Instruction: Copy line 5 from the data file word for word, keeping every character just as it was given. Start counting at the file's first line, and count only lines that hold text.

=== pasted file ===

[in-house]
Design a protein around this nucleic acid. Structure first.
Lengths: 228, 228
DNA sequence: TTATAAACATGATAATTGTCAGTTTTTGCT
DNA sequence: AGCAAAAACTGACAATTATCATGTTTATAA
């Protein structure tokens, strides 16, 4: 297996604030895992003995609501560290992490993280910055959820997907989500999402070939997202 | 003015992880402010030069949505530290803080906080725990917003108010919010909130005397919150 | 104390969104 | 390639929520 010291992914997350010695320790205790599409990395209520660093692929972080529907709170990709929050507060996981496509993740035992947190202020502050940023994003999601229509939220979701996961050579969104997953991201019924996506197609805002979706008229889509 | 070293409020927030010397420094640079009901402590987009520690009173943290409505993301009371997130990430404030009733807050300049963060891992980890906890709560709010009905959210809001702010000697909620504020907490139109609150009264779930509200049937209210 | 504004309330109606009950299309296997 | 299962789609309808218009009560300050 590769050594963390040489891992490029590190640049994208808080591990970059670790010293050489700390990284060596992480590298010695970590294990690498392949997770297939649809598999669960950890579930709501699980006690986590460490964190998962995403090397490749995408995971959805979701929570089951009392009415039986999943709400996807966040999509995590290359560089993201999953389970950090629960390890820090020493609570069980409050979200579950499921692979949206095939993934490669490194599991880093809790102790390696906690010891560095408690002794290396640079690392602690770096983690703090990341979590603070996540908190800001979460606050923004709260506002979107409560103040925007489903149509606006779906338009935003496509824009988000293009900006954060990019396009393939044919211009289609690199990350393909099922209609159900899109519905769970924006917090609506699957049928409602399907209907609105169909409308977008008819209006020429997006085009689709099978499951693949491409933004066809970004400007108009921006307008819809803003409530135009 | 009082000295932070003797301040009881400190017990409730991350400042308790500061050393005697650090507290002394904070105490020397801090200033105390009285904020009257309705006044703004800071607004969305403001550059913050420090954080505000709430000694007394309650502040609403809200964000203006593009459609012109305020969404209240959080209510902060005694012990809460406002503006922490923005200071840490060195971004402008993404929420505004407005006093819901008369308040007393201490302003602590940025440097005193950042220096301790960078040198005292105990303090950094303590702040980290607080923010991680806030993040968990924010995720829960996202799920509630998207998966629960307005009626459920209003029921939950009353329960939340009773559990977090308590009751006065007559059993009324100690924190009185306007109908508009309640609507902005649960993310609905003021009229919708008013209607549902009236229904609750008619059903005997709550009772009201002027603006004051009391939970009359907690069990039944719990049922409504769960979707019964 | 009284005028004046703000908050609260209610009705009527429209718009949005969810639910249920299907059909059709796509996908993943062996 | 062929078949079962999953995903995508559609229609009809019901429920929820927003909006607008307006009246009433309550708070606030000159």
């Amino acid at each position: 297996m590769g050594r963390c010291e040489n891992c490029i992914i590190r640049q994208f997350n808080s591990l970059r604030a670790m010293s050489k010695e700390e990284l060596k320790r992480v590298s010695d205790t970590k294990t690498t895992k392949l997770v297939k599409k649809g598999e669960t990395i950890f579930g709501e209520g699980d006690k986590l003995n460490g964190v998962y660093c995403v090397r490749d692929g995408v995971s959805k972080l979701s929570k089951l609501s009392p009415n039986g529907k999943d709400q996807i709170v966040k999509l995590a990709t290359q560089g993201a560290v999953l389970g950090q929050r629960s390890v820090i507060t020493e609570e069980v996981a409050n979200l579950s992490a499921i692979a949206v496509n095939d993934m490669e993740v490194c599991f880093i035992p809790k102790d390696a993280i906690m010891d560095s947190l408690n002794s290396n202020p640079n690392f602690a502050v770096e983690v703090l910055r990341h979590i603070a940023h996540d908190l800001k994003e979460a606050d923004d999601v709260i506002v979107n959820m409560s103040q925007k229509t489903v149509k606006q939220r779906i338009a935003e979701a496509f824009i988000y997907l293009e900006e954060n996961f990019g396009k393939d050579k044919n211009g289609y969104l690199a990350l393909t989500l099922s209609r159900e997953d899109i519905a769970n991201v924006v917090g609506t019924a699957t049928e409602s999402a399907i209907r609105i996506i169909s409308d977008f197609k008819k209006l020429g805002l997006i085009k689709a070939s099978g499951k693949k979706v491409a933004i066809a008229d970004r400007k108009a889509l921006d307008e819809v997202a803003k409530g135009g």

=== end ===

DNA sequence: AGCAAAAACTGACAATTATCATGTTTATAA